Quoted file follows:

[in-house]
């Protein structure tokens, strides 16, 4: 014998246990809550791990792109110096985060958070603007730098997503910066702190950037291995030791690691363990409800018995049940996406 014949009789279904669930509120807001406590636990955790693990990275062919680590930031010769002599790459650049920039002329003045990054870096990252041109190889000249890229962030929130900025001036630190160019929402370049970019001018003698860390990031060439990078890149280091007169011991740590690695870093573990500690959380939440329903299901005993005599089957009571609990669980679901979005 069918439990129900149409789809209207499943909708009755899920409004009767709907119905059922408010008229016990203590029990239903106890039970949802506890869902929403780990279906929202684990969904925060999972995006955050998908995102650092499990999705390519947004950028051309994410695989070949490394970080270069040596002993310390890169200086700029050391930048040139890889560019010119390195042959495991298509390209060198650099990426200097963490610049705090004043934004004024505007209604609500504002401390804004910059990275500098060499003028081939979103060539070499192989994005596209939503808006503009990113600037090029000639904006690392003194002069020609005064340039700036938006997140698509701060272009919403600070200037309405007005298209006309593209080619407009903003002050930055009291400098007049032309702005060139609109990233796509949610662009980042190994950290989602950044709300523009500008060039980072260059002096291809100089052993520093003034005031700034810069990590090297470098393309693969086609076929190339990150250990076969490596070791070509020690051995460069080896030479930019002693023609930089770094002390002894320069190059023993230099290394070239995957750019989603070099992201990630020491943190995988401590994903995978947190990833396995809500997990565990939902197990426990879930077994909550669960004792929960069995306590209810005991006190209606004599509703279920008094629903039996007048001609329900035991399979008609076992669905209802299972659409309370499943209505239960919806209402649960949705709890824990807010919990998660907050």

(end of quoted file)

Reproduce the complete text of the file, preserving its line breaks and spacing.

[in-house]
């Protein structure tokens, strides 16, 4: 014998246990809550791990792109110096985060958070603007730098997503910066702190950037291995030791690691363990409800018995049940996406 014949009789279904669930509120807001406590636990955790693990990275062919680590930031010769002599790459650049920039002329003045990054870096990252041109190889000249890229962030929130900025001036630190160019929402370049970019001018003698860390990031060439990078890149280091007169011991740590690695870093573990500690959380939440329903299901005993005599089957009571609990669980679901979005 069918439990129900149409789809209207499943909708009755899920409004009767709907119905059922408010008229016990203590029990239903106890039970949802506890869902929403780990279906929202684990969904925060999972995006955050998908995102650092499990999705390519947004950028051309994410695989070949490394970080270069040596002993310390890169200086700029050391930048040139890889560019010119390195042959495991298509390209060198650099990426200097963490610049705090004043934004004024505007209604609500504002401390804004910059990275500098060499003028081939979103060539070499192989994005596209939503808006503009990113600037090029000639904006690392003194002069020609005064340039700036938006997140698509701060272009919403600070200037309405007005298209006309593209080619407009903003002050930055009291400098007049032309702005060139609109990233796509949610662009980042190994950290989602950044709300523009500008060039980072260059002096291809100089052993520093003034005031700034810069990590090297470098393309693969086609076929190339990150250990076969490596070791070509020690051995460069080896030479930019002693023609930089770094002390002894320069190059023993230099290394070239995957750019989603070099992201990630020491943190995988401590994903995978947190990833396995809500997990565990939902197990426990879930077994909550669960004792929960069995306590209810005991006190209606004599509703279920008094629903039996007048001609329900035991399979008609076992669905209802299972659409309370499943209505239960919806209402649960949705709890824990807010919990998660907050």